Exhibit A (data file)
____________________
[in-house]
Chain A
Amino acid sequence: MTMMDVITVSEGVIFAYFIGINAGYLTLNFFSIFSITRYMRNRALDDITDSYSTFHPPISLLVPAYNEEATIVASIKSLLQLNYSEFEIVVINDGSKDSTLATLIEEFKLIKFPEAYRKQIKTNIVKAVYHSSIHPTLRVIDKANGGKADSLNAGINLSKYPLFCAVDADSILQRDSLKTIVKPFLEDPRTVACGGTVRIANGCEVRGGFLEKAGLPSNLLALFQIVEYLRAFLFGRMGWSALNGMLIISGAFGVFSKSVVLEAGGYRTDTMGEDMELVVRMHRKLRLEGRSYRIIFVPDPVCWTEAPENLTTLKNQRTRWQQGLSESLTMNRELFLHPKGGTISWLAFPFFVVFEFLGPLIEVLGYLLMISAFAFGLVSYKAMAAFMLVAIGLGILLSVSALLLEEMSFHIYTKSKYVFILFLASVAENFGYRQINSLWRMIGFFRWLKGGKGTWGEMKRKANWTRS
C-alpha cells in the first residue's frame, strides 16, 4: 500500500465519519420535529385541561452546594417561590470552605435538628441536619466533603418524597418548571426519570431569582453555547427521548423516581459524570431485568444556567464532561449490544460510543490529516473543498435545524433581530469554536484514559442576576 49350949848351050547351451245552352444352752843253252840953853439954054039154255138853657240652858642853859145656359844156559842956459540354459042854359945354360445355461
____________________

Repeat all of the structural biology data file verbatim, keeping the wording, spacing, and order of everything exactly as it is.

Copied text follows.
[in-house]
Chain A
Amino acid sequence: MTMMDVITVSEGVIFAYFIGINAGYLTLNFFSIFSITRYMRNRALDDITDSYSTFHPPISLLVPAYNEEATIVASIKSLLQLNYSEFEIVVINDGSKDSTLATLIEEFKLIKFPEAYRKQIKTNIVKAVYHSSIHPTLRVIDKANGGKADSLNAGINLSKYPLFCAVDADSILQRDSLKTIVKPFLEDPRTVACGGTVRIANGCEVRGGFLEKAGLPSNLLALFQIVEYLRAFLFGRMGWSALNGMLIISGAFGVFSKSVVLEAGGYRTDTMGEDMELVVRMHRKLRLEGRSYRIIFVPDPVCWTEAPENLTTLKNQRTRWQQGLSESLTMNRELFLHPKGGTISWLAFPFFVVFEFLGPLIEVLGYLLMISAFAFGLVSYKAMAAFMLVAIGLGILLSVSALLLEEMSFHIYTKSKYVFILFLASVAENFGYRQINSLWRMIGFFRWLKGGKGTWGEMKRKANWTRS
C-alpha cells in the first residue's frame, strides 16, 4: 500500500465519519420535529385541561452546594417561590470552605435538628441536619466533603418524597418548571426519570431569582453555547427521548423516581459524570431485568444556567464532561449490544460510543490529516473543498435545524433581530469554536484514559442576576 49350949848351050547351451245552352444352752843253252840953853439954054039154255138853657240652858642853859145656359844156559842956459540354459042854359945354360445355461